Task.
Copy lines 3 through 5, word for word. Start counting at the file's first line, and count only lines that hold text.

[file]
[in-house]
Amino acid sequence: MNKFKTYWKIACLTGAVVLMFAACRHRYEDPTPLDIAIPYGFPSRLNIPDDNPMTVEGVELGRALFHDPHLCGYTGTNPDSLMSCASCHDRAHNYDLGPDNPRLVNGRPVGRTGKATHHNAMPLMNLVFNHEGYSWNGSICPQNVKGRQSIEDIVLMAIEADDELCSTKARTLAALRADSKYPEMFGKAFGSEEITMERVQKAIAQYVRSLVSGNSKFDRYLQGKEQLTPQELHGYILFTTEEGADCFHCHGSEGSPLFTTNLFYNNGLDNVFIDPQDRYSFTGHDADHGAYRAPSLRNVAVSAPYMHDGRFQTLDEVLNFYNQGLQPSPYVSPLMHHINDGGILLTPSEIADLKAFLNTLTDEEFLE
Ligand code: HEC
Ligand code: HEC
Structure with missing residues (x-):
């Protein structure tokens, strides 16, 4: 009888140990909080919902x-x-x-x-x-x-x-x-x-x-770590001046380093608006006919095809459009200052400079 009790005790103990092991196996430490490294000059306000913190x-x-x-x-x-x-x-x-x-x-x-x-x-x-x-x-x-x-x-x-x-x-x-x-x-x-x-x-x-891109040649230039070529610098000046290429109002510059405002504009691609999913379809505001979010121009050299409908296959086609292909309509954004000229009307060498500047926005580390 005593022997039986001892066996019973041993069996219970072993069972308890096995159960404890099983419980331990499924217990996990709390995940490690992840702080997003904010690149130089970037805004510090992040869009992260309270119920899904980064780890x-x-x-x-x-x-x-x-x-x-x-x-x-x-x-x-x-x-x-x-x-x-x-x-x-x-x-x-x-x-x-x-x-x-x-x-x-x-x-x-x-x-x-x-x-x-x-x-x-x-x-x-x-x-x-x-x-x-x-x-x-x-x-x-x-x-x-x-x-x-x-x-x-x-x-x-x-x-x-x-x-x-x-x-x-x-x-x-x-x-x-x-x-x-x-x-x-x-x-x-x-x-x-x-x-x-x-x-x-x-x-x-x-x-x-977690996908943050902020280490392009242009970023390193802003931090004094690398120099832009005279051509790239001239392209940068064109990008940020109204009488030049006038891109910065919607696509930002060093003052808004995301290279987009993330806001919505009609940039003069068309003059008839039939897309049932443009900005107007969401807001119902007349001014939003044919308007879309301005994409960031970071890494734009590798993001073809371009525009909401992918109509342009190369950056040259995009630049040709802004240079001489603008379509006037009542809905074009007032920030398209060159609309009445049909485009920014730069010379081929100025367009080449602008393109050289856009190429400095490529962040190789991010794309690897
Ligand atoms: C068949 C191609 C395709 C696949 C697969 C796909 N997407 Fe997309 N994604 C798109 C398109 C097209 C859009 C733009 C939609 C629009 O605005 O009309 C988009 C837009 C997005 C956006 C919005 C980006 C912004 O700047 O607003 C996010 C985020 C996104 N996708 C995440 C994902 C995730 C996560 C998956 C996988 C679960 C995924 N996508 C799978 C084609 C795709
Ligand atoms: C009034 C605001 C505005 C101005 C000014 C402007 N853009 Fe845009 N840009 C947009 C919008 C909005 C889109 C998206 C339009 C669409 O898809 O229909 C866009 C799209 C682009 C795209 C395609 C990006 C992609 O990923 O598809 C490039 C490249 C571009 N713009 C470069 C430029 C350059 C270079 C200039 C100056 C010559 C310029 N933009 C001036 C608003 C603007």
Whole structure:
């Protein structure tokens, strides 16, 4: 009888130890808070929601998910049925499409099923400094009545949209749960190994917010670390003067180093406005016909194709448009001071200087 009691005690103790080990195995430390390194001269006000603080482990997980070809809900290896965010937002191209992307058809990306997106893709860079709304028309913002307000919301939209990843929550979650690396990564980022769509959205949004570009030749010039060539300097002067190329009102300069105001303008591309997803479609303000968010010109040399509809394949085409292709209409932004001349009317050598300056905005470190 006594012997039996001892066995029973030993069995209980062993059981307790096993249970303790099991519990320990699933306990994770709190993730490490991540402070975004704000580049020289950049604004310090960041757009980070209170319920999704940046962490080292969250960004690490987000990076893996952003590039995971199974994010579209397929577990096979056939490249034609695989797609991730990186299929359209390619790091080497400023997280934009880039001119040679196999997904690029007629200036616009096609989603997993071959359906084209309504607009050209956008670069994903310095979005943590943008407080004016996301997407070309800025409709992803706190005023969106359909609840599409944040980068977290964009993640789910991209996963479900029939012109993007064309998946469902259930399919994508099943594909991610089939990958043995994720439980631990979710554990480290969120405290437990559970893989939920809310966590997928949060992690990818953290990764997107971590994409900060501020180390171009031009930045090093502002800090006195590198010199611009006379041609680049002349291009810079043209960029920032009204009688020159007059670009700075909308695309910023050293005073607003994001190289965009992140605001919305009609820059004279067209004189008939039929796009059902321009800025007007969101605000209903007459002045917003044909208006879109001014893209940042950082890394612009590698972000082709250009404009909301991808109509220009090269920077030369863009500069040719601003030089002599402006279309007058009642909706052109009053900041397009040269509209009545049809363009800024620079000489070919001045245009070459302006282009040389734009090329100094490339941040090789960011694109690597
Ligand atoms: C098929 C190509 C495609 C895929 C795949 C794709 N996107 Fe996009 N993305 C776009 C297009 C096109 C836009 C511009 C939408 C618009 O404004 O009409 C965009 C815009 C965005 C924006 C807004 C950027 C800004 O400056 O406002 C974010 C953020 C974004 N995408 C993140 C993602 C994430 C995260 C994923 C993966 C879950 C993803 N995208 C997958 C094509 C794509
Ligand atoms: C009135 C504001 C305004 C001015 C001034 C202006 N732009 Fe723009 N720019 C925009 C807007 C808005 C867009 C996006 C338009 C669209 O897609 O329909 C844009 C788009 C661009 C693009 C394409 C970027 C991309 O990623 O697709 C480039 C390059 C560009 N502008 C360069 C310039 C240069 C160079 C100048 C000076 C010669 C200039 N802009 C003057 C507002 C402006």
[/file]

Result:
Ligand code: HEC
Ligand code: HEC
Structure with missing residues (x-):